Study Objective: To evaluate the clinical and surgical features of thoracic endometriosis syndrome (TES) represented by catamenial pneumothorax and pelvic endometriosis and to describe their association with infertility. Design: Retrospective clinical study (Canadian Task Force classification: II-2). Setting: Academic tertiary referral endometriosis center. Patients: Seven patients who had undergone surgery because of thoracic and pelvic endometriosis between 2004 and 2010. Interventions: Thoracic and pelvic exploration and treatment and fertility treatment. Measurements and Main Results: Concurrently, thoracic and pelvic endometriosis, and subsequent fertility were determined during long-term follow-up after combined surgical and pharmacologic interventions. The most frequent thoracic finding was diaphragmatic implants. Except for 1 patient with recurrent pleurodesis at 1 month after video-assisted thoracoscopy, no patients experienced recurrence of thoracic symptoms during a median (range) follow-up of 31.4 (1-61) months. Severe pelvic endometriosis was diagnosed in 6 patients with notable urologic and gastrointestinal tract involvement. Only 1 patient with catamenial pneumothorax had no macroscopic pelvic lesions. There was a considerable delay between the onset of pelvic symptoms and diagnosis. Median postoperative follow-up was 31.5 (7-84) months. Most patients who tried to conceive had primary infertility. Conclusion: Thoracic endometriosis syndrome, represented by catamenial pneumothorax, was strongly associated with severe pelvic endometriosis and a high rate of infertility. Inasmuch as many patients with thoracic endometriosis syndrome are treated by thoracic surgeons using video-assisted thoracoscopy, it is desirable to involve an experienced gynecologist who can diagnose and treat concurrent pelvic endometriosis.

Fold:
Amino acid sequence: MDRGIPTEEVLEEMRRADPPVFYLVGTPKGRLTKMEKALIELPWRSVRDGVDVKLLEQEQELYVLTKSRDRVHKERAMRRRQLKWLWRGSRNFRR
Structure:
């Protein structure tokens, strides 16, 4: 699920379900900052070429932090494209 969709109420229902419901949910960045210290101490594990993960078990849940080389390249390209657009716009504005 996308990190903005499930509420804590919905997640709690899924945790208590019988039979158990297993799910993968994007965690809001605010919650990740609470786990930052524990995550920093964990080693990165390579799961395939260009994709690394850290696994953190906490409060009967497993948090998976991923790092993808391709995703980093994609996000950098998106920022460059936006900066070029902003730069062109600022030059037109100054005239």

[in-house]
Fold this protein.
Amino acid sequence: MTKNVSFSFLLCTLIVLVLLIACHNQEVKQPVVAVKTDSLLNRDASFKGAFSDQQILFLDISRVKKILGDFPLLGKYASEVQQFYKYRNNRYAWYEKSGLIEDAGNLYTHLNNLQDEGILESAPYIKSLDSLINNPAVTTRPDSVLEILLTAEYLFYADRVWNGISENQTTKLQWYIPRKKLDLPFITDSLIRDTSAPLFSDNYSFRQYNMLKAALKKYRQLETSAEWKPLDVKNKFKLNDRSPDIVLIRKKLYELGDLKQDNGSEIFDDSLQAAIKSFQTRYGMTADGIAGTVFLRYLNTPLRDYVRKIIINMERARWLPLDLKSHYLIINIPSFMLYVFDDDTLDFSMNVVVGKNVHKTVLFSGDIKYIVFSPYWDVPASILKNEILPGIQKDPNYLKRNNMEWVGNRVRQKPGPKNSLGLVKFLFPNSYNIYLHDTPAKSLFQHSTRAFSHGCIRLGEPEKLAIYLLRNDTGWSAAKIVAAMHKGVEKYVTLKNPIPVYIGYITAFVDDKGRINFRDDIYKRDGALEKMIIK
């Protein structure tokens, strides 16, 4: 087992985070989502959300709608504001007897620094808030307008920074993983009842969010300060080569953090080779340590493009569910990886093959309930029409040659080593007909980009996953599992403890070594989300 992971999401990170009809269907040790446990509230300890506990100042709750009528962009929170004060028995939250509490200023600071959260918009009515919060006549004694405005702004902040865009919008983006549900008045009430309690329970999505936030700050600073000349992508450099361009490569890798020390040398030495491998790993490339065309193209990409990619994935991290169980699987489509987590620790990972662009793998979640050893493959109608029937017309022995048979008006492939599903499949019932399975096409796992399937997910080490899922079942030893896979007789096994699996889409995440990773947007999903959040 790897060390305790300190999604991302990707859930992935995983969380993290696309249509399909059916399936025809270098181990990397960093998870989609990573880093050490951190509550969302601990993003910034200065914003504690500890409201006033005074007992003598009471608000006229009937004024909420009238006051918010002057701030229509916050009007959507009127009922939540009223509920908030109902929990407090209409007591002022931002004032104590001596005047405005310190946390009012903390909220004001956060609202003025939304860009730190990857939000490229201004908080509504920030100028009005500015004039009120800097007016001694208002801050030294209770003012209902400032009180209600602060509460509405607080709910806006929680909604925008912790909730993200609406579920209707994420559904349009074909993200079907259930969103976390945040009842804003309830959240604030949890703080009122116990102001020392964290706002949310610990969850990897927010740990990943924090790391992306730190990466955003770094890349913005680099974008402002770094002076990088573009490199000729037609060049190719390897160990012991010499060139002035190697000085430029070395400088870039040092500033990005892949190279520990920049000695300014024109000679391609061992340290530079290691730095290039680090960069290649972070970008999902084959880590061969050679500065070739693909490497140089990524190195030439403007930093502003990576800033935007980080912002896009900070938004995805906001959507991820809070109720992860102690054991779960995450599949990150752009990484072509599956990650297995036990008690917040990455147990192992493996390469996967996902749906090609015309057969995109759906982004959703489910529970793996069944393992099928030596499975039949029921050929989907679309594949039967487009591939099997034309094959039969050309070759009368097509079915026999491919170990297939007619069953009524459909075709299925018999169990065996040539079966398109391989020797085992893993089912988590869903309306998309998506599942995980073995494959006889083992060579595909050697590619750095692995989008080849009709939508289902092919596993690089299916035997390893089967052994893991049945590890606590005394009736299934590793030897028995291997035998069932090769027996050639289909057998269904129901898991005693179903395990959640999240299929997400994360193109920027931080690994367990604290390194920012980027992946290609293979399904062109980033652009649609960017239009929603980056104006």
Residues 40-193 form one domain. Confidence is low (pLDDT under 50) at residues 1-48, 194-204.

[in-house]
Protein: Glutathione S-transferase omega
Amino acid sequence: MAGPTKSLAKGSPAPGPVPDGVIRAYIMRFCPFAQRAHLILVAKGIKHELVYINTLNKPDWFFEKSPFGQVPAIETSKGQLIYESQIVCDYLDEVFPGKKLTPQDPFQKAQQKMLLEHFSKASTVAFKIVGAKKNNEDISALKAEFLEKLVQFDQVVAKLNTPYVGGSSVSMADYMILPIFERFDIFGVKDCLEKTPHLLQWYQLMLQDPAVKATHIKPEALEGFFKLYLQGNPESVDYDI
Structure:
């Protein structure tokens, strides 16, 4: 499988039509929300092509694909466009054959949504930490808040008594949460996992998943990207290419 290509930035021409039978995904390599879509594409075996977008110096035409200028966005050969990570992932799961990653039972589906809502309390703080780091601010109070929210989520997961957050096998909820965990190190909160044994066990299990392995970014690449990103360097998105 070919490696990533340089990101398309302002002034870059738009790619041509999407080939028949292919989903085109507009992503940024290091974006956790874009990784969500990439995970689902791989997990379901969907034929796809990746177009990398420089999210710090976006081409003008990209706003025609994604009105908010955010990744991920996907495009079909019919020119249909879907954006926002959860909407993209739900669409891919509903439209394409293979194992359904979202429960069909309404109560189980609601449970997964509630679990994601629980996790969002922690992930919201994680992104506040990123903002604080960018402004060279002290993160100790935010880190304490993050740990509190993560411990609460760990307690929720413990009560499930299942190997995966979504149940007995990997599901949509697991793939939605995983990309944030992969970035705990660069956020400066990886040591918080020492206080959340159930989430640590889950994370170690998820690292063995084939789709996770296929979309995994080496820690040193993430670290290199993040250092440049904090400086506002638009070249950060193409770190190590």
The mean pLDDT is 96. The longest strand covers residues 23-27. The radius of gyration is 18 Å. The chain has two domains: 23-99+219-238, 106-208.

- Catamenial pneumothorax
- Thoracic endometriosis syndrome
- Video-assisted thoracoscopy